Regretful Girls: And before the council refitted new bulbs the old lamps used to shine different oranges and reds and ochre yellows. It reminded me of grandmother’s fruit-bowl, passed down to my mother. We kept it in a corner in the kitchen. Midges used to eat the apples.
Now the streetlights stain the sky mud.
I never enjoyed growing up.

Successful Girls: When I finished paying off my bills, I looked up at the sky and figured, I was here, countless of bullies had bruised me with the belief I wouldn’t be. I hung up my cashmere coat, and with it, hung my old enemies by the neck on my doorstep.

Mean Girls: Uncle would come round on New Year’s. I used to go to the bathroom when the doorbell rang. I could feel his fingernails digging into my skin again. His hands were always muddy, and his fingers fat. He never cut his nails. They were long and yellow. His breath was peppermint and cigarettes, and he flashed a crocodile smile and handed my parents my Christmas present. It was always a box of chocolate orange cremes. When I was little, I used to love them. I told him they were my favourite, before I grew tits and became pretty.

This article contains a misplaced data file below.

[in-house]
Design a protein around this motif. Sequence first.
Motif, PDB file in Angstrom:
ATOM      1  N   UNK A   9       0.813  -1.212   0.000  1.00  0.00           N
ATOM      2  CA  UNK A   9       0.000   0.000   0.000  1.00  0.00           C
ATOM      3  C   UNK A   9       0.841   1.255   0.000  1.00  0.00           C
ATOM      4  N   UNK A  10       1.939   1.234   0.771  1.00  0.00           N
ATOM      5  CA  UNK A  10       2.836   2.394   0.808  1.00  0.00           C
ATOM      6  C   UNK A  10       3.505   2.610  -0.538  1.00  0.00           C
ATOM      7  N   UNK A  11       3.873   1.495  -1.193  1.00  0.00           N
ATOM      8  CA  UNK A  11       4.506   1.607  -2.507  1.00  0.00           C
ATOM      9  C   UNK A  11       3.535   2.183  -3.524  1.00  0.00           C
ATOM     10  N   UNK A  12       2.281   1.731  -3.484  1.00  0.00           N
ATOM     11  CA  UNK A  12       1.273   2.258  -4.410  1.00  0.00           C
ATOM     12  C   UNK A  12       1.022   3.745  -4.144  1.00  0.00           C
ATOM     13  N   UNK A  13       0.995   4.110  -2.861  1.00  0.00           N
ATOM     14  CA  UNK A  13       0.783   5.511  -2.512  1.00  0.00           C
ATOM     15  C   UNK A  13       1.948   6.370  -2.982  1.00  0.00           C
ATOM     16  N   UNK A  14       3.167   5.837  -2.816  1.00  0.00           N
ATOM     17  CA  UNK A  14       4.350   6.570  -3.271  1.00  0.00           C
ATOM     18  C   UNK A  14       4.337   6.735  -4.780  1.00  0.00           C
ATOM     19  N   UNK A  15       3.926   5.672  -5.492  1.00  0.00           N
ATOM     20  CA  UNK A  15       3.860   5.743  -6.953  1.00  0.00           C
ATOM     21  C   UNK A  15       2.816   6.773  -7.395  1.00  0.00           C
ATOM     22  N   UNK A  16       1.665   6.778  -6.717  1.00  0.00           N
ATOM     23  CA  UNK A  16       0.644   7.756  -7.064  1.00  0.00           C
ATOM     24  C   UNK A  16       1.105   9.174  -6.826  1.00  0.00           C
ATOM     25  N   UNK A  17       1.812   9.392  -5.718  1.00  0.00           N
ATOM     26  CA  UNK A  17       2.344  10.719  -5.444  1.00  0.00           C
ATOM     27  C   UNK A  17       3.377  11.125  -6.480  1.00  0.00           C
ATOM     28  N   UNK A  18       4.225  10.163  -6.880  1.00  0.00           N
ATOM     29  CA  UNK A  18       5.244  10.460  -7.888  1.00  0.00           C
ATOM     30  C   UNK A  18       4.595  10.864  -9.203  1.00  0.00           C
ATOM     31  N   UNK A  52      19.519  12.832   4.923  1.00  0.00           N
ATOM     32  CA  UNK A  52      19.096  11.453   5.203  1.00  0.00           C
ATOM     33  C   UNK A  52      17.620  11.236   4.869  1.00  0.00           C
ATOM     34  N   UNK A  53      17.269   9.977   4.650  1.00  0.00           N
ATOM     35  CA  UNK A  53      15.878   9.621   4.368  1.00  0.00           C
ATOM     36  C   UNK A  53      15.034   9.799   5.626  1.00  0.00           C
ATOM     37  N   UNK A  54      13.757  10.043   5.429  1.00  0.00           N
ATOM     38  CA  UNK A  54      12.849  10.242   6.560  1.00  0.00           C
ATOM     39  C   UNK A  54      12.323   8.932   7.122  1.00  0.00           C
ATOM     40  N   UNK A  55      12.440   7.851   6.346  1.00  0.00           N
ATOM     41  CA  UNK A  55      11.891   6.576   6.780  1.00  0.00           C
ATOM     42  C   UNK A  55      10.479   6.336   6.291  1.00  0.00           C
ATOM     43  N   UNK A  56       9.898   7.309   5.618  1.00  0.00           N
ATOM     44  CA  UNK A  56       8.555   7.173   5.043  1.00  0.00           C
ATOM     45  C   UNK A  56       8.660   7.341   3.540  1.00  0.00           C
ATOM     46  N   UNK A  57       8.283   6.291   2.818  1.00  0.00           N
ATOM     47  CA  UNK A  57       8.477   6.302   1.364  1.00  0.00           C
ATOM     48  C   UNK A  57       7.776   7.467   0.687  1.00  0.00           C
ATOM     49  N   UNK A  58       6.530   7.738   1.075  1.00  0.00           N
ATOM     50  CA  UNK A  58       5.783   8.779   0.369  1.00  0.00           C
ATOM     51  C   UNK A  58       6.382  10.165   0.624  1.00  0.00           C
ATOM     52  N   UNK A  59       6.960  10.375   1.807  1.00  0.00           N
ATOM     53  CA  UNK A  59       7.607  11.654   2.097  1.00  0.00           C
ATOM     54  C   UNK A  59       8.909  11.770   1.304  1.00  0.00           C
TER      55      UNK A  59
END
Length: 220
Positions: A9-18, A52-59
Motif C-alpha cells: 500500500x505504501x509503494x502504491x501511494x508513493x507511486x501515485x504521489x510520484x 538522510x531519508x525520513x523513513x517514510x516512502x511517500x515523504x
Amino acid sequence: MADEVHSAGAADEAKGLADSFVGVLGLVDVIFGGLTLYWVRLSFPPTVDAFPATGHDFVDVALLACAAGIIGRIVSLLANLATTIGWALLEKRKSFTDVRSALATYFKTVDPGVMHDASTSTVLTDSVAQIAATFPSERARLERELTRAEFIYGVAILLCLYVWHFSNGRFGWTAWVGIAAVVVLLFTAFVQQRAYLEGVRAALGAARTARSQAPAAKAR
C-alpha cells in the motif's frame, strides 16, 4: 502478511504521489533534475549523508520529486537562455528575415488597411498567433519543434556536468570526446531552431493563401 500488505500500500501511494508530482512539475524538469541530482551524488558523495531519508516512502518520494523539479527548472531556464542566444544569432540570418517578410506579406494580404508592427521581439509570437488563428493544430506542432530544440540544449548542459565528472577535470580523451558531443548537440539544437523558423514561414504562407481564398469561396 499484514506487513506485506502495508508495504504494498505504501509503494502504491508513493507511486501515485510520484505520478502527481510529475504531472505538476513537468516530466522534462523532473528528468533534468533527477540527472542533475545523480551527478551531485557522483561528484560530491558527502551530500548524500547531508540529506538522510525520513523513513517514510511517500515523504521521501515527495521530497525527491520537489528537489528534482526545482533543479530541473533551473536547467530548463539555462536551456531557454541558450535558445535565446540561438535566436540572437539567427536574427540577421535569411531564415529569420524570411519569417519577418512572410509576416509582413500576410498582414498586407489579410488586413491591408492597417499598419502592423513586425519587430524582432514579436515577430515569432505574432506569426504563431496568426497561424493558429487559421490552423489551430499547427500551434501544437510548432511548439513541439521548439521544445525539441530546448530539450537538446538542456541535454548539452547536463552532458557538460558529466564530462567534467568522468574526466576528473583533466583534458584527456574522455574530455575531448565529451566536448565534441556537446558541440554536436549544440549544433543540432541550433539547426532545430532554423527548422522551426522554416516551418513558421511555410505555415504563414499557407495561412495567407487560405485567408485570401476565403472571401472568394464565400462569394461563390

A new girl brought them in one day and at lunchtime I beat her face in.
Her face reminds me of my own when my Uncle has to look after me after school.

Lonely Girls: My boyfriend’s always out. He comes back smelling of somebody else’s kisses. Forget Chanel. I can smell the lust on him. Like roses. I grew like a weed in the sinews of his heart, and I pace the floor on Friday nights, checking my phone, spying on the clock. The TV blares into the night and the cold can of beans festers on the carpet. That’s me, Apartment 3A, Orlean Heights, on 9th. I smoke so much I’ve turned yellow like the Moon. Little does he know I’m smoking his side chick into the night.